The government are trying to kill off the trade union movement

Trades Union Bill is an attempt to neuter the labour movement
Trades Union Bill is an attempt to neuter the labour movement
Adam Bienkov By

It's easy to get lost in the technicalities of the government's new anti-union legislation. Is it right that union ballots should require 50% turnouts before authorising a strike? Is it fair for members to have to opt-in to union political funds rather than opt-out?

By forcing us to stare at the ripples in front of us, we miss the tidal wave behind us. We miss the fact that what the Conservative government are really trying to do is kill off the trade union movement altogether.

Most of the coverage of the government's new Trade Unions Bill has focused on the opt-in rule as a threat to Labour's funding. But really this is not about damaging Labour. It is about damaging the basic ability of working and middle class people to campaign for good pay and employment rights.

Because the new opt-in rules will not just affect unions' ability to fund the Labour party. They will affect their ability to fund any kind of political activity whatsoever. It will hamper any future campaigns for a living wage, or against exploitative contracts and discrimination. Basically any union campaign that can in any way be judged as political will have its funding restricted by this law.


And these restrictions will only apply to unions. Any private company that wants to fund political campaigns will continue to be free to do so without any meddling from government. Hedge funds and investment banks will still be allowed to sink their profits into the Conservative party, without the government ever forcing them to first get an opt-in from their employees.

Again, it is easy to get lost in the technicalities while missing the bigger picture. This isn't really about ballot rules or opt-in forms. Like the lobbying bill in the last parliament, this is a naked attempt to destroy the ability of the trade union movement to ever again be a significant political force. This isn't an attempt to get rid of trade unions altogether but it is an attempt to neuter them. It is an attempt to turn them into a glorified version of the citizens' advice bureau for employees. It is part of a longer-term aim to make trade union membership totally non-political like a kind of life insurance.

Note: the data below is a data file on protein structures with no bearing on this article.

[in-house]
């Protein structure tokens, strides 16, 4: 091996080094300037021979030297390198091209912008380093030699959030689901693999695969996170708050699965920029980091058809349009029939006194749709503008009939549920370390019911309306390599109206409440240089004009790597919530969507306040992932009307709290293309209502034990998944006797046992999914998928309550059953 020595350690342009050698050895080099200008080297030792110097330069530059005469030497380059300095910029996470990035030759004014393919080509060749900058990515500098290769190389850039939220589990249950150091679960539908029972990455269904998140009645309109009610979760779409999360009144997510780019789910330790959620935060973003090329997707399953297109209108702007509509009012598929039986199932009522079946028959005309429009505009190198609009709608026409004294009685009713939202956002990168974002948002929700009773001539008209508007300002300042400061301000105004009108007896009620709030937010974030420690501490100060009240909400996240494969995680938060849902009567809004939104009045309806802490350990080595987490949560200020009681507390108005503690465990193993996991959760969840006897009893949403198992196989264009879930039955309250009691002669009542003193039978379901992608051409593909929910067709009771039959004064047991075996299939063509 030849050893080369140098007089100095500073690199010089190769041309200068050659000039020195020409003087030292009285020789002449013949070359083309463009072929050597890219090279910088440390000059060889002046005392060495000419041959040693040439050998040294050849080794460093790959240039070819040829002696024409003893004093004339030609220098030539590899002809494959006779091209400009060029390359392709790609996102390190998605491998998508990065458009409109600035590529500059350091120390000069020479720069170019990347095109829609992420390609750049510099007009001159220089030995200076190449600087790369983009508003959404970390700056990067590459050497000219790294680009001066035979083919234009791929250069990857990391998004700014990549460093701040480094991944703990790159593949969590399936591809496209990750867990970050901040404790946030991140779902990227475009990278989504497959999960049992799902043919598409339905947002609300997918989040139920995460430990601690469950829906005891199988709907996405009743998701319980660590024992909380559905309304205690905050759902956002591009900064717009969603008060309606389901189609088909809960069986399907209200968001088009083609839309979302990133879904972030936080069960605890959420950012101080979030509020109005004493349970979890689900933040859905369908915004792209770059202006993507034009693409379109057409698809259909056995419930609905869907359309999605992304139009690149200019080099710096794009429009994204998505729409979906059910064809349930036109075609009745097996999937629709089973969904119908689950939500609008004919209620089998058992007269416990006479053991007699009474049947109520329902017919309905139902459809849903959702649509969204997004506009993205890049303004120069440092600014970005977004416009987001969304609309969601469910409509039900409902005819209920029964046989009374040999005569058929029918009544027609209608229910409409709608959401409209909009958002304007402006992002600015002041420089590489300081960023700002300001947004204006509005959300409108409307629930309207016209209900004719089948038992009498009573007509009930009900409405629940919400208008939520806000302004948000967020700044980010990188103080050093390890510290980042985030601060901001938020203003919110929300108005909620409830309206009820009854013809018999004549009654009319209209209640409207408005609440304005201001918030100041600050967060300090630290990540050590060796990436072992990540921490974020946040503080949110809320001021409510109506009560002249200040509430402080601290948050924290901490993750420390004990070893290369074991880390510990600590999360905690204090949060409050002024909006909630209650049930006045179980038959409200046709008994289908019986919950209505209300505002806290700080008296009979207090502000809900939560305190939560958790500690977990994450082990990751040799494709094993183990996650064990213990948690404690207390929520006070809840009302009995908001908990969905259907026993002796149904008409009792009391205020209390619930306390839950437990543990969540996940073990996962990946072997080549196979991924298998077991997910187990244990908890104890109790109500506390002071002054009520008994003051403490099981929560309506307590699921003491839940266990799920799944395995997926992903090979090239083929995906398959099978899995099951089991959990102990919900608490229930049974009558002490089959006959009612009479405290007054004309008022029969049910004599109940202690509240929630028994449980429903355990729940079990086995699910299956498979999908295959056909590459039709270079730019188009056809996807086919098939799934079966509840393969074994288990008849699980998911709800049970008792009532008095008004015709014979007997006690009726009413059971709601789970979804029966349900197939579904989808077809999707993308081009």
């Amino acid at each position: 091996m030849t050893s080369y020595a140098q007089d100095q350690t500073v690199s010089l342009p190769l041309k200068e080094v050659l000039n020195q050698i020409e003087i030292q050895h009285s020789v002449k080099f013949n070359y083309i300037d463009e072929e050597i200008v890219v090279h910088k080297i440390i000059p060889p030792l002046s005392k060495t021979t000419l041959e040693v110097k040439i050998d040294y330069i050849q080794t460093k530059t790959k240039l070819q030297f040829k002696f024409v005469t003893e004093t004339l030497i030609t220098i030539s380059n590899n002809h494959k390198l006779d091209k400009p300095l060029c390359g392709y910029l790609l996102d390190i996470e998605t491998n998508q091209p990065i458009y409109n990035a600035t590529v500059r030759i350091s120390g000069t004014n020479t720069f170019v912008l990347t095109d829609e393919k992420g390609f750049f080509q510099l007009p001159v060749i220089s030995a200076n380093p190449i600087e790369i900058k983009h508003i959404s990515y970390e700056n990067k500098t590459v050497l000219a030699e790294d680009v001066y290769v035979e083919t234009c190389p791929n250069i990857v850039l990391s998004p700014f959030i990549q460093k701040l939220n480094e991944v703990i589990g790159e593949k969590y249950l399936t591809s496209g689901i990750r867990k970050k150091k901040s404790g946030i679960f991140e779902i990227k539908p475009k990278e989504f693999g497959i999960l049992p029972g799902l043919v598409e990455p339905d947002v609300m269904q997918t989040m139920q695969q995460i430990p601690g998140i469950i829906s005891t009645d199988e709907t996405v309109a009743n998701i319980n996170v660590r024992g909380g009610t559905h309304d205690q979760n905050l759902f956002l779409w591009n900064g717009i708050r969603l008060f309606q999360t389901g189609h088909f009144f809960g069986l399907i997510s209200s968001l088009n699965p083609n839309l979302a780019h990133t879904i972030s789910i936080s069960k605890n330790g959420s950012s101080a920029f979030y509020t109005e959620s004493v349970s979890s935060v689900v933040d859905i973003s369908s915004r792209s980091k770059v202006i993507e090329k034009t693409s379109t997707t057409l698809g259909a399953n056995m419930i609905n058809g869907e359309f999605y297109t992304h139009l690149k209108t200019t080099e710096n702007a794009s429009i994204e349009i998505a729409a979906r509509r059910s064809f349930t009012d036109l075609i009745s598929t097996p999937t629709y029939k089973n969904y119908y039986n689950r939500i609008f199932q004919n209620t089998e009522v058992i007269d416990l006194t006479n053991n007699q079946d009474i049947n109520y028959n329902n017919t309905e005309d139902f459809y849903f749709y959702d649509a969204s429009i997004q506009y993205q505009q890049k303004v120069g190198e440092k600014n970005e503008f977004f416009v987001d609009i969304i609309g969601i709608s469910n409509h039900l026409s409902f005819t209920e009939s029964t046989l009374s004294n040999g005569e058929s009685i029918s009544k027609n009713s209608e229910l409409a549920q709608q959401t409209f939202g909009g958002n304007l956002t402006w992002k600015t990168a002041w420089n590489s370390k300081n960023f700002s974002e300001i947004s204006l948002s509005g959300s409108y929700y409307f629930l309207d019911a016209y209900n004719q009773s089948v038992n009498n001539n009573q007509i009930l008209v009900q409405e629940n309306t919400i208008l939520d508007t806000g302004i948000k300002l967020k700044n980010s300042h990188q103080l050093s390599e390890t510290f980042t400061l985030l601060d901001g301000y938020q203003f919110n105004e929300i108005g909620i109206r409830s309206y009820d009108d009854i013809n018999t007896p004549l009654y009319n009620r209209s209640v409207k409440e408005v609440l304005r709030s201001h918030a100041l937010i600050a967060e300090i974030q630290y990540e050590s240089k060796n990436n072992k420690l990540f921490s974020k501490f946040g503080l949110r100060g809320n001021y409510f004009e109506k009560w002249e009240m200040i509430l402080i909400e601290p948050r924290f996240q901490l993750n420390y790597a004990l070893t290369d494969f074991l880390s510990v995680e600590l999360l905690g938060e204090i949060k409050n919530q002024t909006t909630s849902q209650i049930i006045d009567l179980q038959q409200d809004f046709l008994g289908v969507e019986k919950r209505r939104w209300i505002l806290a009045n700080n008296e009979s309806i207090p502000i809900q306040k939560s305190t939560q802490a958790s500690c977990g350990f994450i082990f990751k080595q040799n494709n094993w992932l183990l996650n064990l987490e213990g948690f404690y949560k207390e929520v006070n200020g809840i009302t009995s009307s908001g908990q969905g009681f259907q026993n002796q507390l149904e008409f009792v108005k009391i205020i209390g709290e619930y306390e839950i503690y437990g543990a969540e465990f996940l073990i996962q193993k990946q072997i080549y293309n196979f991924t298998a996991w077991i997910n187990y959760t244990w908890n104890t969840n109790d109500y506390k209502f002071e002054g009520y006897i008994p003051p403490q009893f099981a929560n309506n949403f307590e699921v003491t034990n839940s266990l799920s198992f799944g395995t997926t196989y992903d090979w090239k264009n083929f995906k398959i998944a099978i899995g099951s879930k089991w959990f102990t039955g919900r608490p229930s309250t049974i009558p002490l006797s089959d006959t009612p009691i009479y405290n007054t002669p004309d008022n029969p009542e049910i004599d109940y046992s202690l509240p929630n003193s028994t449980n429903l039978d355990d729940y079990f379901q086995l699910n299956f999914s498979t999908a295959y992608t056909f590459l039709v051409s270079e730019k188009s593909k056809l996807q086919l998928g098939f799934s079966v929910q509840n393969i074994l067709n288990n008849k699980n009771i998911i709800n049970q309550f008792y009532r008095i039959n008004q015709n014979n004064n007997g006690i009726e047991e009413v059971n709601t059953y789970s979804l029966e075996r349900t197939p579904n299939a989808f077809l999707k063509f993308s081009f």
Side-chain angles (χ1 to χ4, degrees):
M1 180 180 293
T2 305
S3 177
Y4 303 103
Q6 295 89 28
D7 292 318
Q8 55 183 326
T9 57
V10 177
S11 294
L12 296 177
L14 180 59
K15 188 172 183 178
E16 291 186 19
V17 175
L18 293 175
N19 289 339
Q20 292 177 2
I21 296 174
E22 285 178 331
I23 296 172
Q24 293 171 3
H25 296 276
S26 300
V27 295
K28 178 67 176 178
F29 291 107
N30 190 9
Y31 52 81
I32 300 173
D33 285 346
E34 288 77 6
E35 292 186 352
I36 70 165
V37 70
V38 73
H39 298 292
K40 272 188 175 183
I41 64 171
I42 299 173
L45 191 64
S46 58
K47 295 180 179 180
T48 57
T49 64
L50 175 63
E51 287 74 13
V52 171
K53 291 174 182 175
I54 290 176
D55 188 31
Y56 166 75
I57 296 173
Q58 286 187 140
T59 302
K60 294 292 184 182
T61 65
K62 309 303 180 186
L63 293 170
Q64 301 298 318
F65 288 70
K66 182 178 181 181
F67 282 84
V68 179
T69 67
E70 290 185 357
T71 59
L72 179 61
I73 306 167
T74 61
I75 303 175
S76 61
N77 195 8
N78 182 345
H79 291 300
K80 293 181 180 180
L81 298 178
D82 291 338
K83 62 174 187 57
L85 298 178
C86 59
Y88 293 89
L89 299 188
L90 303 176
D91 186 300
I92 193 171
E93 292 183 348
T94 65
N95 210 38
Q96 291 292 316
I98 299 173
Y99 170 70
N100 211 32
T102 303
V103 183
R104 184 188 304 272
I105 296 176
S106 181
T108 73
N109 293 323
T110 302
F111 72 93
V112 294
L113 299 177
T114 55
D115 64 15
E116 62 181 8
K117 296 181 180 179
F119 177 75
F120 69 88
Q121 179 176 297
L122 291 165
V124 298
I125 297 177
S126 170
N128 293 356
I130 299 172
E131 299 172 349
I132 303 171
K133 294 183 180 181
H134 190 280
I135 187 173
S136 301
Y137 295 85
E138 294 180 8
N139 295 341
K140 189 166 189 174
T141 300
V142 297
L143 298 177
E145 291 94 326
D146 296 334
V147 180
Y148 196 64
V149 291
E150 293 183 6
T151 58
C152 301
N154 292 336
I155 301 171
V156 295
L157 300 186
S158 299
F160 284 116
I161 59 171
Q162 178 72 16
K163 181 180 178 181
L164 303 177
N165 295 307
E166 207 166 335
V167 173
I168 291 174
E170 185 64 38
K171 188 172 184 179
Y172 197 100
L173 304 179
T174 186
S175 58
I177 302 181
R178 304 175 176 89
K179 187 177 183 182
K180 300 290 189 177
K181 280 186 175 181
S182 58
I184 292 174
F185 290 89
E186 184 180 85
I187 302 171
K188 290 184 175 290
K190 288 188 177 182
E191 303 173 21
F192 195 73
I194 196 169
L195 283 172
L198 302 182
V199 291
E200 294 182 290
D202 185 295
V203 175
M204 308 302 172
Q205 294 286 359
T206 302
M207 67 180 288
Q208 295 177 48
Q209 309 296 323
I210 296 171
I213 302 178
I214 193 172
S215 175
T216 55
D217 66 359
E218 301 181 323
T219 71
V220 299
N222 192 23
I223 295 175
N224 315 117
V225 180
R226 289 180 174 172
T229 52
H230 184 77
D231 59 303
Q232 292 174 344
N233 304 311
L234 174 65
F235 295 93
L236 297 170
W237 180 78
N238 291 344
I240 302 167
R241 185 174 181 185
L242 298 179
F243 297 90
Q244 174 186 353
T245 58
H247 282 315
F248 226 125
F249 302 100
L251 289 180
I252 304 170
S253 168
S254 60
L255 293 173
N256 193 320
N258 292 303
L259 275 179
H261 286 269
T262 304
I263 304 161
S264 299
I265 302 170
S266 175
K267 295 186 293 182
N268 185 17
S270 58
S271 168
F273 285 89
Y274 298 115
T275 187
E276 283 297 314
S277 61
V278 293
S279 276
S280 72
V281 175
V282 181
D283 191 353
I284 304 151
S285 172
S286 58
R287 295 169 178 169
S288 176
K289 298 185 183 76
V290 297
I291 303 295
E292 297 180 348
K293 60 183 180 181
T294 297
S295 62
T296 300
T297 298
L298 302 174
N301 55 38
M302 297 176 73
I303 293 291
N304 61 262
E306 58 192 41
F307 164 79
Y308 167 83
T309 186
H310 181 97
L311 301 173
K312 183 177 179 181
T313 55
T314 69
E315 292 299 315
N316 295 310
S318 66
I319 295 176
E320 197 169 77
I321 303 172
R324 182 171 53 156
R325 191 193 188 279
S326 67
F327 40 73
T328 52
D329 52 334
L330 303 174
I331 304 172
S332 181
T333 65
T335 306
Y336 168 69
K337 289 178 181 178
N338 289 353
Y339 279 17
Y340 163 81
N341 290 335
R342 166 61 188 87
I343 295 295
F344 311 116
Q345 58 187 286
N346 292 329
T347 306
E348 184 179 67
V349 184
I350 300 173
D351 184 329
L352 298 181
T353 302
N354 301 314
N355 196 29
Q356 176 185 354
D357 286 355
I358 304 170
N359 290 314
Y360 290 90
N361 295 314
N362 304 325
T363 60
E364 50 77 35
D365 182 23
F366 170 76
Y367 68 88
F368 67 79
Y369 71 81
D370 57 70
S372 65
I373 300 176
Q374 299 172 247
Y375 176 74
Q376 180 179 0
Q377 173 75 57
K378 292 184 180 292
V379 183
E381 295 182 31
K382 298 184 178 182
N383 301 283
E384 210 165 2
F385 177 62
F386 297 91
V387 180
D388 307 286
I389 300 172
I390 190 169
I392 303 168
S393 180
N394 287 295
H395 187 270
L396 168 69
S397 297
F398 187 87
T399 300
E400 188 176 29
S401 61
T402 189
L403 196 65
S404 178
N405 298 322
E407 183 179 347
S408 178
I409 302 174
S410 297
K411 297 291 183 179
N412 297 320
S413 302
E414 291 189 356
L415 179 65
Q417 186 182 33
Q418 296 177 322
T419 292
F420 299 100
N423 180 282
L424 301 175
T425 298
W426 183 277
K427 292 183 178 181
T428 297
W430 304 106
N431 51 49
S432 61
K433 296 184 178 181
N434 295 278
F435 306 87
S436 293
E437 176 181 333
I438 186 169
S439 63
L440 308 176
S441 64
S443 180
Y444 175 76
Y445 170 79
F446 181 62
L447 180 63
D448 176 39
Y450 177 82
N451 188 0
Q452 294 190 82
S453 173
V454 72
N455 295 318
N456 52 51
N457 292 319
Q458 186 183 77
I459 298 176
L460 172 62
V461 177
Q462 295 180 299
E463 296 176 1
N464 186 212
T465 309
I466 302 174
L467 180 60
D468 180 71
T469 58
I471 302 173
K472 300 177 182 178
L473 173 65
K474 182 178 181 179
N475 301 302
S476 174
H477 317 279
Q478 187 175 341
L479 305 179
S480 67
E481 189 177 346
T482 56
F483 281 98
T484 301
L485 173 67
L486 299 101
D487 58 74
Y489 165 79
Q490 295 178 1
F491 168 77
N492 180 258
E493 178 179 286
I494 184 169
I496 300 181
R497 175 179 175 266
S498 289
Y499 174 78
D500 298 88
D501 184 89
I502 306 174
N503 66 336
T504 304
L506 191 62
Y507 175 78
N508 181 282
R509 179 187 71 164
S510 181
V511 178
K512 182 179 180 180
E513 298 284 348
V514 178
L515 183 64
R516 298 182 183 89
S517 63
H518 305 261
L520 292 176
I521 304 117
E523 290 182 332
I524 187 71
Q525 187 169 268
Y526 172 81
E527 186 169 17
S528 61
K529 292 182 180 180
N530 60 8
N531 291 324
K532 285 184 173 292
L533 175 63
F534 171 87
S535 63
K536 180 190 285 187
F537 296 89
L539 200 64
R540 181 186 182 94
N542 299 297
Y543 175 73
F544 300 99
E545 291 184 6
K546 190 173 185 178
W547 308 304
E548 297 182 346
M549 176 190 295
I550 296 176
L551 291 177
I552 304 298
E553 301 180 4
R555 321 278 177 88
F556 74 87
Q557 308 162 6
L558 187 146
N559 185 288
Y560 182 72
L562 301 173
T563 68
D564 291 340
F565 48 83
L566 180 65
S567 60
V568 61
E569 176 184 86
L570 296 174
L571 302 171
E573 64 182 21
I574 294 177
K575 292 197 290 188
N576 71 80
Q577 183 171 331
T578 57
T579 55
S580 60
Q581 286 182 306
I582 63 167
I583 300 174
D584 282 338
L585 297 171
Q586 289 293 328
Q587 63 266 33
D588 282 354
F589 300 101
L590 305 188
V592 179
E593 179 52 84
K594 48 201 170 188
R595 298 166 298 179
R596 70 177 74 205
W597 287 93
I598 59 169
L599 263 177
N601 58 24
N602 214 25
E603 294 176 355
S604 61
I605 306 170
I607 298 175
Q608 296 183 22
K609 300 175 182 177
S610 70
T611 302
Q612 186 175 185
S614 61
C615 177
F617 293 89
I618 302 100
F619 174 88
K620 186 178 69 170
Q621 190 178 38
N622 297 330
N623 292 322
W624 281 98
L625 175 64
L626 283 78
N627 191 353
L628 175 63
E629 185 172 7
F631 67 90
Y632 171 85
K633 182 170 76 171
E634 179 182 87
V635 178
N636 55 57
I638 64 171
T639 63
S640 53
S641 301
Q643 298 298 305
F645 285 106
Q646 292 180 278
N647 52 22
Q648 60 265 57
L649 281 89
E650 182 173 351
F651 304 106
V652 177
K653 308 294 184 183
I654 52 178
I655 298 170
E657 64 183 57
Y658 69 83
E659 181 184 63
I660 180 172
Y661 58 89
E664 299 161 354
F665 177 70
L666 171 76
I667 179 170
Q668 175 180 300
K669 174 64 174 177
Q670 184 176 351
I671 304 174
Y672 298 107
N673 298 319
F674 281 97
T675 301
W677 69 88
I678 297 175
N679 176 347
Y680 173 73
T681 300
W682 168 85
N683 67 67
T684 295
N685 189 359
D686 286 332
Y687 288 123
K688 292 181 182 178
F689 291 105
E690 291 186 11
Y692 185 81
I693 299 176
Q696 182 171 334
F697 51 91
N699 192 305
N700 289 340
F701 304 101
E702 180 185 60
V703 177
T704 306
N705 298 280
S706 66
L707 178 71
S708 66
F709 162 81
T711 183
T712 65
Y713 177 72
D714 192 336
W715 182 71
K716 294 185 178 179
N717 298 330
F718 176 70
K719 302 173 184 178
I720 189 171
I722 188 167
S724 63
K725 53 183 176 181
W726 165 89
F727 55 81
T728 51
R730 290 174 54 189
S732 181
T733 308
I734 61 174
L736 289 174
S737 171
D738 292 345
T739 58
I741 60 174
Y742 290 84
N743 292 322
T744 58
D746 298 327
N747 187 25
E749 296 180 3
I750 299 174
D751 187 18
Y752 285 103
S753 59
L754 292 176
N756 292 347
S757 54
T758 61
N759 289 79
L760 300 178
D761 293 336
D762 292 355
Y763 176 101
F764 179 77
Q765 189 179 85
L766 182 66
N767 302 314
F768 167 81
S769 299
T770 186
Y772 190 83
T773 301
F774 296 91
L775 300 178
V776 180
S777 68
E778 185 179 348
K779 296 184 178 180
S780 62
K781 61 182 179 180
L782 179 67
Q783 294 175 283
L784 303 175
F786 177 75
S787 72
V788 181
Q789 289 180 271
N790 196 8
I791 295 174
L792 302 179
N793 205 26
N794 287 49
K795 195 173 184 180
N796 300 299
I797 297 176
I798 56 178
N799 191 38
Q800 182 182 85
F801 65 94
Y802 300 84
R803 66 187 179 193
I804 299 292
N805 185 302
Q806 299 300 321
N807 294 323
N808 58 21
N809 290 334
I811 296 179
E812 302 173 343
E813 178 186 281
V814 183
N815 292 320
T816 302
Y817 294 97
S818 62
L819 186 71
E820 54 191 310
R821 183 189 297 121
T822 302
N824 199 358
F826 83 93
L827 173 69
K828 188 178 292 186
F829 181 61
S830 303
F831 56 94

Under this vision you would still be able to get advice from your union, but they wouldn't be able to campaign on your behalf. And you certainly wouldn't be able to strike. Let's not be in any doubt about this. The turnout thresholds in this bill are just a stepping stone to wiping out industrial action altogether.

This is not a conspiracy theory. It is a clear plan being pushed at all levels of the Conservative party.  The current bill was originally championed by London mayor Boris Johnson in order to tackle strikes on the London Underground. However, his original hope was not for turnout thresholds but to effectively ban strikes altogether.

Under Johnson's original plans and those again being championed by London Assembly Tories, unions would lose all ability to strike and would have to instead submit themselves to compulsory arbitration.

Under these plans, it would no longer be up to the collective trade union movement to negotiate their member's pay and conditions with employers. Instead these would be decided by a judge or quango behind closed-doors. And if employees don't like those conditions then tough luck.

It is very easy to get lost in the details, but it is the bigger picture that really matters. Most of the employee benefits we now enjoy, from paid holidays to parental leave, were fought for and won by the trade union movement. Without that movement we would all be poorer and less secure.

This Trade Unions Bill is just the latest attempt to kill off that movement. It is merely the latest slash in a death of a thousand cuts.

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